Do you have a cause you believe in? Would you be willing to put your “hand” up and be counted?

Check out Maradona’s second goal in the 1986 World Cup against England.

3. If at first you don’t succeed, try again…and again!

Maradona was not selected for the Argentinean squad in 1978 when Argentina won the World Cup. He was the star in Argentina’s junior world cup triumph yet was not in the senior squad. He was bitterly disappointed, but Maradona kept working harder.

In the 1982 World Cup, Maradona was officially the best player in the world. Barcelona had paid a world record fee for him and he was destined to be “king of the world”.

Yet, tragedy unfolded. He was constantly and aggressively marked out and tackled upon such that he lost his cool against Brazil and was sent off.

His red card marked the end for Argentina, the defending champions, and Maradona’s fall from grace could not be faster. He failed miserably in Barcelona because of an ankle break and numerous bouts of illnesses.

However, that did not deter Maradona. He was determined to succeed. That, he did. He pushed minnows Napoli to greatness. And in 1986, single-handedly won the World Cup for Argentina, cementing his place among the legends of football.

As I look at Maradona’s early struggles, it was easy to give up. Instead, he deployed the mantra “if at first you don’t succeed, try again!” He did keep trying, till he finally succeeded.

What about us? Do we give up when misfortune hits or do we keep relentlessly focused on the dream?

4. He worked tirelessly to bring new innovations to life

Juvenal wrote in the El Gráfico magazine:

The difference between the genius and the rich of talent is that the latter makes perfectly the things that are already invented, and the genius invents what does not exist.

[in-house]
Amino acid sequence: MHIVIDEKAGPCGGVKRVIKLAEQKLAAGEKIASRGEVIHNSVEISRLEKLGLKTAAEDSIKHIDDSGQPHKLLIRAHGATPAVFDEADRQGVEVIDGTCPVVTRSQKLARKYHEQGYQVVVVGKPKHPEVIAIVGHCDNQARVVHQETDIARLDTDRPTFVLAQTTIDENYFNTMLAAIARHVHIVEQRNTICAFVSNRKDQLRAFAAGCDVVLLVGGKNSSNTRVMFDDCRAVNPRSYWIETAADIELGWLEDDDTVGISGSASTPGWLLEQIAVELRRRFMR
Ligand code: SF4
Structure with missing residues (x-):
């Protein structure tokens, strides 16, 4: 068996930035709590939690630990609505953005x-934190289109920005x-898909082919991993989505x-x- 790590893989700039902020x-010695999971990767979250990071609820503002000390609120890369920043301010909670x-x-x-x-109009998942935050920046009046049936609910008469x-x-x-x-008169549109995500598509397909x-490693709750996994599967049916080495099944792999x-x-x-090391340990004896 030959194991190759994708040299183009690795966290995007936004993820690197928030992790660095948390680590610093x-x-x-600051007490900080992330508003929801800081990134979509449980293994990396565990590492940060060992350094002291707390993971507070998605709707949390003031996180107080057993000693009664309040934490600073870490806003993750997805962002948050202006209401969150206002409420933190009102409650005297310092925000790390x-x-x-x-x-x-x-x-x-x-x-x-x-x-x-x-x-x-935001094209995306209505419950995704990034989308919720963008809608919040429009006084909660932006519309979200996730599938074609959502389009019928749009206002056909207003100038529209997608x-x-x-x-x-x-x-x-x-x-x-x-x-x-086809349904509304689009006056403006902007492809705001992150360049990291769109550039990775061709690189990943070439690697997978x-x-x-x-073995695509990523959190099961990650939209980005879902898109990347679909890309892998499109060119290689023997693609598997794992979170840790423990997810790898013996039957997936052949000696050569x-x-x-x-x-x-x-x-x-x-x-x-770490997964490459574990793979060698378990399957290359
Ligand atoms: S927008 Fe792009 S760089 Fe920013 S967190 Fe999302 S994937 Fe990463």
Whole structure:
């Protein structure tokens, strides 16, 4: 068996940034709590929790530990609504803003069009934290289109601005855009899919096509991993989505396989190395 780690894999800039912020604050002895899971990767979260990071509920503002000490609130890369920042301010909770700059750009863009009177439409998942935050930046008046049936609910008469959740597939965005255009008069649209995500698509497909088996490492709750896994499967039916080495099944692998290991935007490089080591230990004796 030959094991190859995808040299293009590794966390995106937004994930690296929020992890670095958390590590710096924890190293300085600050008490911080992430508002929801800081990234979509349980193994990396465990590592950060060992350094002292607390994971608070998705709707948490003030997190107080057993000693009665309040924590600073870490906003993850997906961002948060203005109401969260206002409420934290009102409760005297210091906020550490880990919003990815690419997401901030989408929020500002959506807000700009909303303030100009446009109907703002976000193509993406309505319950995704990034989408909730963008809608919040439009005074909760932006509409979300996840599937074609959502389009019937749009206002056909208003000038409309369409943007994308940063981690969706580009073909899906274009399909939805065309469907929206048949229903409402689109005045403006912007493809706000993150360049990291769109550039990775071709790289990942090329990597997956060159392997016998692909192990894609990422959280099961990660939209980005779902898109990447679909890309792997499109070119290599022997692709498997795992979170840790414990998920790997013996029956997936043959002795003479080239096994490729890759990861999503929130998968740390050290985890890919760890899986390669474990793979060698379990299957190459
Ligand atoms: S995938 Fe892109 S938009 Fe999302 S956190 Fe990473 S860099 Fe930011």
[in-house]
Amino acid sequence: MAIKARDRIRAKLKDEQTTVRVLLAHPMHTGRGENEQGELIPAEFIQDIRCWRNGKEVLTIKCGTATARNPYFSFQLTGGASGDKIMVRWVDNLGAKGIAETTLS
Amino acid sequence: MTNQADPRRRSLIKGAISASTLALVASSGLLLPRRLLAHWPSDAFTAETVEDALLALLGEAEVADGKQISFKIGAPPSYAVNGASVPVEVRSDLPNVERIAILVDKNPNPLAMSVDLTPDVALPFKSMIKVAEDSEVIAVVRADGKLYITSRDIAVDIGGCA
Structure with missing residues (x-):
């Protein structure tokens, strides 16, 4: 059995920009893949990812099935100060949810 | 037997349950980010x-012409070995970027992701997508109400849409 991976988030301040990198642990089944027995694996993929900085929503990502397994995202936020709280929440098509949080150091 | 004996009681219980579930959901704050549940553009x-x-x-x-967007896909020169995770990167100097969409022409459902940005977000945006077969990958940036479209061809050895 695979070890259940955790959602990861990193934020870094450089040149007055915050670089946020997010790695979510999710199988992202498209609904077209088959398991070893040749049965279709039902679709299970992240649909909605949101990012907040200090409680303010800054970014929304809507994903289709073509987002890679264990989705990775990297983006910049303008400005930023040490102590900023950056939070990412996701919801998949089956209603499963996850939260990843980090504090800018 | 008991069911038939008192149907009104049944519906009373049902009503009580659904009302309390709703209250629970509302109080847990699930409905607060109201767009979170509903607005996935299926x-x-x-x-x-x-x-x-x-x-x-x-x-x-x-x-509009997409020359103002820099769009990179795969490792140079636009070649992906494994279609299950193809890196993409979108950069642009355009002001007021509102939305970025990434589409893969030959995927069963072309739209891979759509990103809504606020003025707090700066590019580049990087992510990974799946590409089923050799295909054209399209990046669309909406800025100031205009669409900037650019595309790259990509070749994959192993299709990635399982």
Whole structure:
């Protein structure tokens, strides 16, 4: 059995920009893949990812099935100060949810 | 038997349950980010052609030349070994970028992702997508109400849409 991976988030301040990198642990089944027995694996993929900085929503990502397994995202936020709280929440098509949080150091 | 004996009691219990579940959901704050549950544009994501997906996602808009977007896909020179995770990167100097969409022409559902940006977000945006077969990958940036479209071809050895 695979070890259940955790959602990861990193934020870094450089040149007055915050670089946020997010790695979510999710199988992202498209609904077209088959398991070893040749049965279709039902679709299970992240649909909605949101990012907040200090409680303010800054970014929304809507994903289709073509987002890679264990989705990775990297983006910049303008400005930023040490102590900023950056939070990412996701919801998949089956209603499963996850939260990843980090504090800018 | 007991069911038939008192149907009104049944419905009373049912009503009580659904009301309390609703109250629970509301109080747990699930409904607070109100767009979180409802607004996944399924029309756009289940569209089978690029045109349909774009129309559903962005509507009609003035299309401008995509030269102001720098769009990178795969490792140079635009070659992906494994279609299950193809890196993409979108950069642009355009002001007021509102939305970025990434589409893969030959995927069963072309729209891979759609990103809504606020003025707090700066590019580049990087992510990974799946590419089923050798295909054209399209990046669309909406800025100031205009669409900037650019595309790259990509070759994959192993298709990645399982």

Maradona was a permanent generator of surprises, an admirable manufacturer of the unexpected thing.

Maradona was always seeking new ways of making new things come alive. Watching Maradona was always incredible for me as I watched him do impossible things on the football field.

Maradona was an innovator. Even though he was not a natural goalscorer, he reinvented himself to score more goals than natural goalscorers. The short, stocky man knew that nothing was impossible.

5. Be a heretic and a disruptor. Be cunning too!

French newspaper L’Equipe later described Maradona as “half-angel, half-devil”. Part of the reason Maradona is constantly described as a rebel and heretic is due to his early upbringing and rebellious nature.

Although this may not be a great part of Maradona, his greatness shone when he did non-traditional things. He chose to go to Napoli, partly to defy the Italian dogma that only clubs like Juventus, AC Milan and Inter Milan could win titles. He went to a club that had never won a title before just to prove that nothing was impossible.

The heretics and disruptors of the world do not care what other people think about them. Some people got upset with Maradona for his cunning and controversial “Hand of God” goal. He did not care one bit.

Others view it as a very clever move, with one of the opposition players in that game, Glenn Hoddle, admitting that Maradona had disguised it cunningly in flicking his head at the same time as palming the ball.

The goal itself has been viewed as being an embodiment of the Buenos Aires shanty town Maradona was brought up in and it is the concept of “viveza criolla” — native cunning.

Being cunning and creative is part of the disruption process. Steve Jobs was cunning. So was Thomas Edison. It adds to their ability to “make a difference”.

Maradona was a genius of the flawed variety but his mistakes were not calculated acts of sporting evil.

Are you a heretic? Do you conform to the same process, structure and work levels as everyone? Or do you stand out and are different? It may take a bit of guile but if you don’t, you will never be the best in the world.

This weekend as you watch the great players during the World Cup, remember that they all started as amateurs. Yet, they defied the odds. Like Maradona, they set the world on fire through the love of their craft, persistence, and changing the rules of the game. Are you up for greatness?

Roshan Thiran continues to be in awe of Maradona. Yet, he knows that even great people can lose their way. He hopes that many young people aspire to be the best in the world, and still remember their roots when they do. You can follow Roshan on LinkedIn and Facebook (www.facebook.com/roshanthiran.leaderonomics) as he shares various leadership nuggets daily. Click here for more articles.